Learning Analytics as a tool for supporting student wellbeing – Learning Analytics and Student Mental Health & Wellbeing
By Samantha Ahern, on 20 November 2017
Learning analytics is defined as ‘the measurement, collection, analysis and reporting of data about learners and their contexts, for purposes of understanding and optimising learning and the environments in which it occurs’(“Guest Editorial – Learning and Knowledge Analytics. Educational Technology & Society, 15 (3), 1–2. Siemens, G., & Gašević, D. (2012)”, n.d.).
Applications of learning analytics include Early Alert and Student Success, Course Recommendation, Adaptive Learning and Curriculum Design(Sclater, 2017).
Can and should this learning analytics be extended to identify normative behaviours of students and recognise changes to those behaviours, aiding pastoral support?
Although much of the data for informing pastoral support is the same as that for Early Alert and Student Success the aims and implications are different. The data needs may also be more demanding. For example, there will be additional considerations around data sharing and protection as mental ill-health is classified as a protected characteristic.
For inclusion of engagement data from virtual learning environments, this would involve understanding the seasonality of student interactions with online course content, cohort interactions, how a student’s interactions are differing from both their cohort and their own normative behaviour with respect to the seasonality.
Prinsloo and Slade (Prinsloo and Slade, 2017) note that ‘Not only do various stakeholders in the institution work in silos, responding independently of each other and resulting in overlap and inconsistencies, institutional sense-making of students at risk is also fragmented’, which may hinder student well-being support.
Evidence on the effectiveness of learning analytics based interventions in unclear. A systematic review and quality assessment of studies on learning analytics in higher education by the University of Exeter(Sonderlund and Smith, 2017) was only able to include 20 of 560 papers identified due to the methods employed in the studies, only 4 studies evaluated the effectiveness of interventions based on learning analytics. The key recommendation from the review is that more research into the implementation and evaluation of scientifically-driven learning analytics to build a solid evidence base.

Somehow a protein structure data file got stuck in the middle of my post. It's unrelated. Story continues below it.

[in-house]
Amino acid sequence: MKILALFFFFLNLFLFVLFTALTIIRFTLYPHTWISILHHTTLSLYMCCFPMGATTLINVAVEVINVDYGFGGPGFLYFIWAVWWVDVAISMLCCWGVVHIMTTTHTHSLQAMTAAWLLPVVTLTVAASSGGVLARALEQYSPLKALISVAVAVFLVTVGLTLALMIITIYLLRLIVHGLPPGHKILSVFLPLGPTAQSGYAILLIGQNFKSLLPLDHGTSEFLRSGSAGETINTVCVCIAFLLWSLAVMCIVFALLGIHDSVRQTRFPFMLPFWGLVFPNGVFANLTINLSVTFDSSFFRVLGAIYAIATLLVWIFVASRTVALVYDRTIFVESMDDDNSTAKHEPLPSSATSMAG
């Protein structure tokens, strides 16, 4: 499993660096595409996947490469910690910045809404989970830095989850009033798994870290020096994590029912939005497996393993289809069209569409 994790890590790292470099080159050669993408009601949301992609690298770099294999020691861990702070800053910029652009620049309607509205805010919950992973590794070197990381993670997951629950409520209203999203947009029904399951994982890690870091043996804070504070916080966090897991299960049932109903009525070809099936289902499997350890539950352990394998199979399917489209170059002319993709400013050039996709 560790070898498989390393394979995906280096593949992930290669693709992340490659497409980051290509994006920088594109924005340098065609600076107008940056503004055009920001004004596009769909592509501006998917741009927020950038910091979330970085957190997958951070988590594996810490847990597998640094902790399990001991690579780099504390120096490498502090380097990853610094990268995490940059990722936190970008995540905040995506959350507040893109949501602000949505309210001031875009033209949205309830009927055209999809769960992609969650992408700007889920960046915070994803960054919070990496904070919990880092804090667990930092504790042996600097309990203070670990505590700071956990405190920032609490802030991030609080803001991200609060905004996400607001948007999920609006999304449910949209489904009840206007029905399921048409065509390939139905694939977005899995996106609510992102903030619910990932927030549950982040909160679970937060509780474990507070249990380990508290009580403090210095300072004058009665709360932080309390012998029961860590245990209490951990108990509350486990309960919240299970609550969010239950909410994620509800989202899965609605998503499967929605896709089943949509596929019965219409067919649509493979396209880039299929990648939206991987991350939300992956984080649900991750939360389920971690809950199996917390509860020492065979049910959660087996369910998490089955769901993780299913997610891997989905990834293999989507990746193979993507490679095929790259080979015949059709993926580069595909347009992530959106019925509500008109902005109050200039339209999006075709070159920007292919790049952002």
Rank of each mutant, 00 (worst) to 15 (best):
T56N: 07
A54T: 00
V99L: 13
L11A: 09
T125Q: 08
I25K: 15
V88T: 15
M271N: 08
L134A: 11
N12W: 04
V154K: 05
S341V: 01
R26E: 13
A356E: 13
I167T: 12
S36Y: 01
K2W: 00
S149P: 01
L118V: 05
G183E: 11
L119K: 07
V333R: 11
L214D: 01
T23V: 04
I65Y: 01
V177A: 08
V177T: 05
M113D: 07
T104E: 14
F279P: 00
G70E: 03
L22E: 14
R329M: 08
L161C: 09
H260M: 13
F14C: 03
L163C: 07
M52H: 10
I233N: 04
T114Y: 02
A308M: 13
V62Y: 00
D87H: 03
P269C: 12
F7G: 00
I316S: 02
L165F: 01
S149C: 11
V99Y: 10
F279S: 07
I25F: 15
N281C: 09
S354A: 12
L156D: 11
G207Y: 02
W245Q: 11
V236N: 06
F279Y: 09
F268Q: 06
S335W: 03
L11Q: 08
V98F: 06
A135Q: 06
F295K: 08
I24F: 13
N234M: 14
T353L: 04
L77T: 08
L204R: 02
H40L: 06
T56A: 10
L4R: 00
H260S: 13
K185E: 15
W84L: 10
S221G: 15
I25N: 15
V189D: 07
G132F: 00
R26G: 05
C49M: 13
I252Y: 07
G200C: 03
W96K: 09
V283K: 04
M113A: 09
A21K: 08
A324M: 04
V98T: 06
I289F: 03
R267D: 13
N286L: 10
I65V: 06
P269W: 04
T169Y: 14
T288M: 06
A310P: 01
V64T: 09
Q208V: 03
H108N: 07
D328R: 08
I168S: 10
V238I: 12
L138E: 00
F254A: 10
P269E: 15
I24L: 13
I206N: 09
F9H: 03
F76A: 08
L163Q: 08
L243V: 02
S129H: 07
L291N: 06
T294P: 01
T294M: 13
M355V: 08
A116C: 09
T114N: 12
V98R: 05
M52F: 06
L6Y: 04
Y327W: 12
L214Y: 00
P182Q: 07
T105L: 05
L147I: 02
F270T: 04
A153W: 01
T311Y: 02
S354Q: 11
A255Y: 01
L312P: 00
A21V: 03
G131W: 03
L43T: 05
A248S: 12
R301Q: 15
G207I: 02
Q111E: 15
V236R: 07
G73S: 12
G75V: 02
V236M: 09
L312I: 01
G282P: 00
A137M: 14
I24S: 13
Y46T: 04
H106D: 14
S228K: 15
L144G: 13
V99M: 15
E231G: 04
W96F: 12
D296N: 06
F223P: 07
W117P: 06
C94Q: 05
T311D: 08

The combination of the lack of evidence of the effectiveness of learning analytics based interventions and the potential negative consequences for both our students and institutions, therefore causes us to question whether learning analytics should be used to support student mental well-being.
Student mental wellbeing and in particular student mental ill-health is of major concern, with 48% of UK HEIs having appropriate policies in place(Universities, 2015), and continually needs to be addressed.
An “unhelpful divide” of distinguishing intellectual needs from emotional needs, then students mental health may suffer if the emotional needs are ignored(“What Happened to Pastoral Care? | HuffPost UK”, n.d.). Therefore, pastoral care in addition to academic support is crucial student mental wellbeing.
The Higher Education Academy UK Professional Standards Framework (“UK Professional Standards Framework (UKPSF) | Higher Education Academy”, n.d.) dimension A4, Developing effective learning environments and approaches to student guidance, indicates that student support is an area of activity in which those teaching and supporting learning in higher education should be involved. Additionally, the Universities UK #stepchange(“#stepchange”, n.d.) guidance states that HEIs should seek to promote a diverse, inclusive and compassionate culture as part of their preventive actions.
Unfortunately, there are a number of inadequacies with the current provision of pastoral care in UK Higher Education Institutions. I propose that learning analytics can be used to help to address some of these inadequacies by providing timely and meaningful data to personal tutors about their tutees., this is in alignment with the Univerisites UK guidance(“#stepchange”, n.d.) to align learning analytics with student wellbeing. However, this will require action on behalf of tutors, and there are legal questions still to be answered around negligence and failing to act on or engage with information provided via learning analytics.
Despite the potential ethical and legal issues around using learning analytics to support pastoral care and student mental wellbeing, I believe that this application area that should be explored.